This shows that it was in the mind of the petitioner that the requisite license and requisite license alone had to be produced in order to succeed in his claim. But the reasons for its non-production are not those that can bring his case within the purview of O. 47 R. 1 C. P. C. The petitioner has not stated the circumstances under which he lost sight of the existence of this license or what steps but in spite of that he failed in his attempts.
He has not given any sufficient reason to show that this licensee could not be produced either at the time when he filed the suit or later at the time of the first and the second appeals. Lack of diligence and the delay on his part disentitle him to seek relief at the hands of the Court. In this view I am supposed by a few decisions. In the decision reported in AIR 1924 Pat 809, Rameshwardhari Singh v. Sadho Saran Singh, it is laid down as follows:
'The words 'or could not be produced by him at the time' must refer to the words which precede namely, 'was not within his knowledge.' The whole clause must mean that the new important matters for review were not within the knowledge and therefore could not be produced by him at the time of the decree when the decree was passed or the order made.'
In the decision reported in Subhan Singh v. Rukma Bai, AIR 1935 Mad 768 it is held as follows:
'The whole clause must mean that the new and important matters which are alleged by the application for review were not within his knowledge and therefore could not be produced by him at time of the decree sought to be reviewed. Hence a Court has no power to pass such an order without calling for strict proof, that the new matter was not within the knowledge of the applicants when the decree was passed.
I emphasise the words 'Strict proof'. The affidavit before the Court is laconic in materials explaining the failure of the petitioner in placing this license before the Court at the earliest stage. The decision reported in Pyare Lal v. Chhotey Lal, AIR 1942 All 82, emphasises the finality of the litigation at some stage or the other. It is held in that decision as follows: 'Applications under O. 47 R. 1 must be treated with a considerable measure of caution. That is a matter of public policy as it is obviously necessary that, save in exceptional circumstances, finality in litigation should be achieved at some point. The person who wants a review should at least prove strictly the diligence he claims to have exercised and also that the matter or evidence which he wishes to have access to is, if not absolutely conclusive, at any rate, nearly conclusive of the matter. It is not the proper function of a review application merely to supplement evidence or to make it serve the purpose merely of introducing evidence which might possibly have had some effect on the result. Order 47 Rule 1 requires a high standard of diligence'.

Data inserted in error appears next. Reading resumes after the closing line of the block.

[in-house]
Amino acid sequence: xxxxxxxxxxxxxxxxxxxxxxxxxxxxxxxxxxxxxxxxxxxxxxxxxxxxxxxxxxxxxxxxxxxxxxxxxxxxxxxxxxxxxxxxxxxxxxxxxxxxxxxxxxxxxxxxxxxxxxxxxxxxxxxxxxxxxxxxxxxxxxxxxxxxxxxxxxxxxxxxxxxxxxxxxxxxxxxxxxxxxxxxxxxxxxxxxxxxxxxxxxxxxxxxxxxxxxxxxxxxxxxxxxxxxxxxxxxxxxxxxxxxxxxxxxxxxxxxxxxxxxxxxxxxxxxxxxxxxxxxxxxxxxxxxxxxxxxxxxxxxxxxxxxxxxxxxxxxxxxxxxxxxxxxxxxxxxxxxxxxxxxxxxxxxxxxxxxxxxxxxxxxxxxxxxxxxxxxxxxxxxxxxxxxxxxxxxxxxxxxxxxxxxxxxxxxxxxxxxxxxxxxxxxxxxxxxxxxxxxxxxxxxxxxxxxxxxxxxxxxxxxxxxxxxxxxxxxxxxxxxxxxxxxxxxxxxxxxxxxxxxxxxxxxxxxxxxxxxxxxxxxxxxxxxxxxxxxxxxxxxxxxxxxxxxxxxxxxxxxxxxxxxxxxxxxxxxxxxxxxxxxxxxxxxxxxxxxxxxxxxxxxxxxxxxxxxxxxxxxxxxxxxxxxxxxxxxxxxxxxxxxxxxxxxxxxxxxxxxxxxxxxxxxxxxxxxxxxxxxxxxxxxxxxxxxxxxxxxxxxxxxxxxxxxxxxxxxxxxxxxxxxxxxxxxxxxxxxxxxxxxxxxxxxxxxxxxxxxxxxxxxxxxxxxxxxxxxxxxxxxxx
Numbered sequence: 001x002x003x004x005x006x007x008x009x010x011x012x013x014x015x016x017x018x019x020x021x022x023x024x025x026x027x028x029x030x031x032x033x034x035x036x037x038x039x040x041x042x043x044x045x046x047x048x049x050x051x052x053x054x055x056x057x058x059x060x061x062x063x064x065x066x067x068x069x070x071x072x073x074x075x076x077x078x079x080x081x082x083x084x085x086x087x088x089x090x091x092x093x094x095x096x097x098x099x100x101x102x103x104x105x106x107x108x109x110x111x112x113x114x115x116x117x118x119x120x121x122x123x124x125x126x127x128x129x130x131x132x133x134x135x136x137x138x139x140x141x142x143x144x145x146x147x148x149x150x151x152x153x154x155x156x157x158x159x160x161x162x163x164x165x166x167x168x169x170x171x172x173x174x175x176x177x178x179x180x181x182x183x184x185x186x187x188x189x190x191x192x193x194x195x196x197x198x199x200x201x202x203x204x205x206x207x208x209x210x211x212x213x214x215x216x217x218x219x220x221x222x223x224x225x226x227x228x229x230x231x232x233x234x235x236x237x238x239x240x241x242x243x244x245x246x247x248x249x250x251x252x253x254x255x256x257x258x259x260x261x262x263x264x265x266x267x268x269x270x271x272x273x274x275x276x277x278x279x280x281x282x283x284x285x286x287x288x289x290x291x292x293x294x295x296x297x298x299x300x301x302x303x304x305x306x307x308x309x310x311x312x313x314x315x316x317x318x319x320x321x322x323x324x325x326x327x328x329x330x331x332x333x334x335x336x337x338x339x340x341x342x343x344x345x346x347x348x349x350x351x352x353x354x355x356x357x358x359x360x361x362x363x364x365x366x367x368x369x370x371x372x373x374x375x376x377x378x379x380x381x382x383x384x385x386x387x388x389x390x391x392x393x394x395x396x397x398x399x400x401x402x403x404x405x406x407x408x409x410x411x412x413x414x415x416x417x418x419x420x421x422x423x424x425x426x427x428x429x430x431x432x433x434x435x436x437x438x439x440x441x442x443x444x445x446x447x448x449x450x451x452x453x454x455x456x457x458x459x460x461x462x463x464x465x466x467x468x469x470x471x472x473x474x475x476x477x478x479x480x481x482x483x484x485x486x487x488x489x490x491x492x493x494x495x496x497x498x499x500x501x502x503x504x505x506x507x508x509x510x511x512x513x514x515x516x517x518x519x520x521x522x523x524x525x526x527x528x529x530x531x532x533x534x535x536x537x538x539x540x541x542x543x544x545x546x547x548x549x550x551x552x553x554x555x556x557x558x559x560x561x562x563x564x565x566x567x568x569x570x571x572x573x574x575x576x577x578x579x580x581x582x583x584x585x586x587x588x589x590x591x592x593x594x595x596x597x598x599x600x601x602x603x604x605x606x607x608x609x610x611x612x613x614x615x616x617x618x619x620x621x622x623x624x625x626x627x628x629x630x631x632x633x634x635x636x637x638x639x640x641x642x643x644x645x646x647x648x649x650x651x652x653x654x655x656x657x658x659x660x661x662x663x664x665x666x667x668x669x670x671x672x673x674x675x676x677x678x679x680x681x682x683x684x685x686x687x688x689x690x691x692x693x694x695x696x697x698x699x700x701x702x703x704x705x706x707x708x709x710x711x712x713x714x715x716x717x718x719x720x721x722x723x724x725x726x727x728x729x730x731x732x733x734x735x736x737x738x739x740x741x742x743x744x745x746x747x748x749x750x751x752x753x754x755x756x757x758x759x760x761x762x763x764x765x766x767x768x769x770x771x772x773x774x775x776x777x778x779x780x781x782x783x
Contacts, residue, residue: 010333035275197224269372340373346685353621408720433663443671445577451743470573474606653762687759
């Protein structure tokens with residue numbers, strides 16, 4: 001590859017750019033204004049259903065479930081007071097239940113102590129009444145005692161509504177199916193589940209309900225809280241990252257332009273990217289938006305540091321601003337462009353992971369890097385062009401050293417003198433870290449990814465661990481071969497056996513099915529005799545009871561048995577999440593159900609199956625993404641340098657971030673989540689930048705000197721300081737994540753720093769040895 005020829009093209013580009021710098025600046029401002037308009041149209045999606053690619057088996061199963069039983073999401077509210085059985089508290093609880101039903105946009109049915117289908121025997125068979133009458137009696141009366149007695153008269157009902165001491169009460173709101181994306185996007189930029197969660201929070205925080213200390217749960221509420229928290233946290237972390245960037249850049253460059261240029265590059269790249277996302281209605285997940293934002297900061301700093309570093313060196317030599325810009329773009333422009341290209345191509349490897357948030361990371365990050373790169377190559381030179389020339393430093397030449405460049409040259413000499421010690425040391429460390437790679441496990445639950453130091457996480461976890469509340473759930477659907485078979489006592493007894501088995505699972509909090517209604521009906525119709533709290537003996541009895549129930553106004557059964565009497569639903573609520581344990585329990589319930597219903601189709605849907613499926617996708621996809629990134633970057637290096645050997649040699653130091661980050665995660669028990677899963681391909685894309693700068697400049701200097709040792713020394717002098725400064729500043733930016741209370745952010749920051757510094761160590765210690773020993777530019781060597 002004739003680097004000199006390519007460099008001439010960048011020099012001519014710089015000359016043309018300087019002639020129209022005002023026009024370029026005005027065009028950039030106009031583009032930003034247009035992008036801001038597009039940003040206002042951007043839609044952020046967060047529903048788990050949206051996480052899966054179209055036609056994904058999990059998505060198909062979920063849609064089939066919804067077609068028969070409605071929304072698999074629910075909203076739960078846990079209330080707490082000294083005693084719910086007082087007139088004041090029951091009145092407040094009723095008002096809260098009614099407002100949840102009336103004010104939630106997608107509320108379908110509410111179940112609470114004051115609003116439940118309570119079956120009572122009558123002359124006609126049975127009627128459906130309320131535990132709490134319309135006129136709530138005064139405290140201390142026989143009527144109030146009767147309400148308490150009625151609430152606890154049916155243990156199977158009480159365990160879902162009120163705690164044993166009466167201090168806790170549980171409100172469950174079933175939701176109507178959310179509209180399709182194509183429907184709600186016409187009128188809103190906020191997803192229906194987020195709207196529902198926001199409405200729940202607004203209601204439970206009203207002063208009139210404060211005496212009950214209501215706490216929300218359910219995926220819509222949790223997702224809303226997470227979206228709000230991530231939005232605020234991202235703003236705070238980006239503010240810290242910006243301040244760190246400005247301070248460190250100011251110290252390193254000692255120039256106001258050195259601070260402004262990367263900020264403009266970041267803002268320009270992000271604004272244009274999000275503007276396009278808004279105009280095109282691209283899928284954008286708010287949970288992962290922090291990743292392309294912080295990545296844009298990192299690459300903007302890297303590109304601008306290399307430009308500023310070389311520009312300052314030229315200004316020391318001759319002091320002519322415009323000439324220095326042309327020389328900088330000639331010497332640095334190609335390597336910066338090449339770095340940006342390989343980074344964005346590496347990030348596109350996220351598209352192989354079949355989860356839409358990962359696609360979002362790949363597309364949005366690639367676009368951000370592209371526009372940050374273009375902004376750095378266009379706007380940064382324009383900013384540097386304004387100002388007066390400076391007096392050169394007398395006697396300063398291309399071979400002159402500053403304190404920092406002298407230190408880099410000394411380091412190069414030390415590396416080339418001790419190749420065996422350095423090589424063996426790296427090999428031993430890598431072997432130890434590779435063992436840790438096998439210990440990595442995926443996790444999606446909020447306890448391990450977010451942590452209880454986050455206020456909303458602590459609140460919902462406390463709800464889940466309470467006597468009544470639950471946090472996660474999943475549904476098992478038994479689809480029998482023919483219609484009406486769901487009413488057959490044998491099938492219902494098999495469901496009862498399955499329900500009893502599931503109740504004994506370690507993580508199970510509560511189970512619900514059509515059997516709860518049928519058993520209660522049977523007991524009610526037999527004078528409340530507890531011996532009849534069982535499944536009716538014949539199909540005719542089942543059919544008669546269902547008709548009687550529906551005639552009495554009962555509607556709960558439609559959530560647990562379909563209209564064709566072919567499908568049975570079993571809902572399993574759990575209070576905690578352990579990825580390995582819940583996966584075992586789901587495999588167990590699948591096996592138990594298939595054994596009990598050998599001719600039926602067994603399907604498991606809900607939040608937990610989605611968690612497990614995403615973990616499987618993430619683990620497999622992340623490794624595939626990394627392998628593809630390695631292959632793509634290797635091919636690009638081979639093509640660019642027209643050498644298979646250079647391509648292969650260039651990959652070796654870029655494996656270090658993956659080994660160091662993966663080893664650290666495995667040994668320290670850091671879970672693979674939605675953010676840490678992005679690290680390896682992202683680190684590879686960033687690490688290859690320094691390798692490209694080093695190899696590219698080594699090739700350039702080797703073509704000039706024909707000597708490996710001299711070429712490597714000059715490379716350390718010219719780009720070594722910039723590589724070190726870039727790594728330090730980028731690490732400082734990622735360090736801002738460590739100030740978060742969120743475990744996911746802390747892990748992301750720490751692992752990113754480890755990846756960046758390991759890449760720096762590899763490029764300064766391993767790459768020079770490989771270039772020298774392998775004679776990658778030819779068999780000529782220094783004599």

With respect I entirely agree. Order 47 Rule 1 of the Code of Civil Procedure requires a high degree of diligence on the part of the petitioner and also that there should be finality at some stage or the other in the long process of litigation.
(4) It is, however, contended by Mr. Murlidhara Rao, the learned Advocate for the petitioner that the petitioner has produced a license but for the year 1952 under the wrong impression that all that he had to produce was a license as per the law that prevailed at the time of the Full Bench decision reported in Shamshir Ali v. Ratnaji, AIR 1952 Hyd 58. This decision has been over-ruled by a subsequent Full Bench consisting of 5 Judges reported in Mohd. Bin Salem v. Unaji (S) AIR 1955 Hyd 113.
It is not necessary for me to go into the details regarding the distinctions that are made between the earlier Full Bench case and the later Full Bench case. Enough, if I state that the contention of Mr. Murlidhara Rao has no basis in view of the definite allegation made in the affidavit of the petitioner that he would have produced the license for the year, 1358F, but unfortunately it was misplaced. That shows that he was aware, that the license that had to be produced was not any and every license much less the license for the year 1952 but the relevant license viz. the license for the year of the suit transaction.
(5) One further word before I close this judgment. I find from the Judge's notes on this review application that time was given for producing the affidavit of the petitioner's counsel by his Lordship Justice Ahamed Ali Khan before whom this review application came up for consideration on 22-8-1958 to explain the circumstances under which he made the statement. But I find that no such affidavit of the counsel who was formerly appearing for the petitioner has been produced before this Court till now.
(6) Taking into consideration all the aspects of the case, I come to the conclusion that this review petition is to be dismissed and it is so ordered.
(7) As regards costs, as a point of law has also arisen in this case, I order that each party should bear his own costs of this Court.
(8) Review petition dismissed.